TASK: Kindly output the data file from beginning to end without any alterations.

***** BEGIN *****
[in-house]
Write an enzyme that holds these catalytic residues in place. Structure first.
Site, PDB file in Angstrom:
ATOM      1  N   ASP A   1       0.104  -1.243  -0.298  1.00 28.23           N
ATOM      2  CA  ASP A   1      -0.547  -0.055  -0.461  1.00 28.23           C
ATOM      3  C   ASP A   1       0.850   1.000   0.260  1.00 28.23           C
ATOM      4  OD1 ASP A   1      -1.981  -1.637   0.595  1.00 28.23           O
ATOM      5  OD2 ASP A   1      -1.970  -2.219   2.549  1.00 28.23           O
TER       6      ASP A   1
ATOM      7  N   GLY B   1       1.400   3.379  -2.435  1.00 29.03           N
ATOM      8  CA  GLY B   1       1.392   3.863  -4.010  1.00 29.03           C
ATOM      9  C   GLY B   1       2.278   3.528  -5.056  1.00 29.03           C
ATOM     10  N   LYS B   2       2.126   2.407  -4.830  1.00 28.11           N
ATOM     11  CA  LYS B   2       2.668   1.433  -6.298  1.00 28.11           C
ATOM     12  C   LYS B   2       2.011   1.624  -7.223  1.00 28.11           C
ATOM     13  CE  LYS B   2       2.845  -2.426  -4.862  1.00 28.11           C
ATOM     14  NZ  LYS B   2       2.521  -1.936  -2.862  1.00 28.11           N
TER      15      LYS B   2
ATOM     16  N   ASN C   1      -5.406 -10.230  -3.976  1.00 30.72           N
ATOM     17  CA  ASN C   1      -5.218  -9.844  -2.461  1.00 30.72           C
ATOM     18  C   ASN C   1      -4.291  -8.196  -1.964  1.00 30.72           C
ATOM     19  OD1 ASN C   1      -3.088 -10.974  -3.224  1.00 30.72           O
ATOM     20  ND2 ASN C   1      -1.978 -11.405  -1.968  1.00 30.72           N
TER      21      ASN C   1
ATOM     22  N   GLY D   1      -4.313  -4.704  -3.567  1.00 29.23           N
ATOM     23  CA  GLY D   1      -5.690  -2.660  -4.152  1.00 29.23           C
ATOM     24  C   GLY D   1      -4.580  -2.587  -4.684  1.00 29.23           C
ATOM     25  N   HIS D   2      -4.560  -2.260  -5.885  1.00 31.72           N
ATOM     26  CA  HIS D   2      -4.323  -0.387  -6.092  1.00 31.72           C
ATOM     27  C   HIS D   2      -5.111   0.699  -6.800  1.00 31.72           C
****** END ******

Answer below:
[in-house]
Write an enzyme that holds these catalytic residues in place. Structure first.
Site, PDB file in Angstrom:
ATOM      1  N   ASP A   1       0.104  -1.243  -0.298  1.00 28.23           N
ATOM      2  CA  ASP A   1      -0.547  -0.055  -0.461  1.00 28.23           C
ATOM      3  C   ASP A   1       0.850   1.000   0.260  1.00 28.23           C
ATOM      4  OD1 ASP A   1      -1.981  -1.637   0.595  1.00 28.23           O
ATOM      5  OD2 ASP A   1      -1.970  -2.219   2.549  1.00 28.23           O
TER       6      ASP A   1
ATOM      7  N   GLY B   1       1.400   3.379  -2.435  1.00 29.03           N
ATOM      8  CA  GLY B   1       1.392   3.863  -4.010  1.00 29.03           C
ATOM      9  C   GLY B   1       2.278   3.528  -5.056  1.00 29.03           C
ATOM     10  N   LYS B   2       2.126   2.407  -4.830  1.00 28.11           N
ATOM     11  CA  LYS B   2       2.668   1.433  -6.298  1.00 28.11           C
ATOM     12  C   LYS B   2       2.011   1.624  -7.223  1.00 28.11           C
ATOM     13  CE  LYS B   2       2.845  -2.426  -4.862  1.00 28.11           C
ATOM     14  NZ  LYS B   2       2.521  -1.936  -2.862  1.00 28.11           N
TER      15      LYS B   2
ATOM     16  N   ASN C   1      -5.406 -10.230  -3.976  1.00 30.72           N
ATOM     17  CA  ASN C   1      -5.218  -9.844  -2.461  1.00 30.72           C
ATOM     18  C   ASN C   1      -4.291  -8.196  -1.964  1.00 30.72           C
ATOM     19  OD1 ASN C   1      -3.088 -10.974  -3.224  1.00 30.72           O
ATOM     20  ND2 ASN C   1      -1.978 -11.405  -1.968  1.00 30.72           N
TER      21      ASN C   1
ATOM     22  N   GLY D   1      -4.313  -4.704  -3.567  1.00 29.23           N
ATOM     23  CA  GLY D   1      -5.690  -2.660  -4.152  1.00 29.23           C
ATOM     24  C   GLY D   1      -4.580  -2.587  -4.684  1.00 29.23           C
ATOM     25  N   HIS D   2      -4.560  -2.260  -5.885  1.00 31.72           N
ATOM     26  CA  HIS D   2      -4.323  -0.387  -6.092  1.00 31.72           C
ATOM     27  C   HIS D   2      -5.111   0.699  -6.800  1.00 31.72           C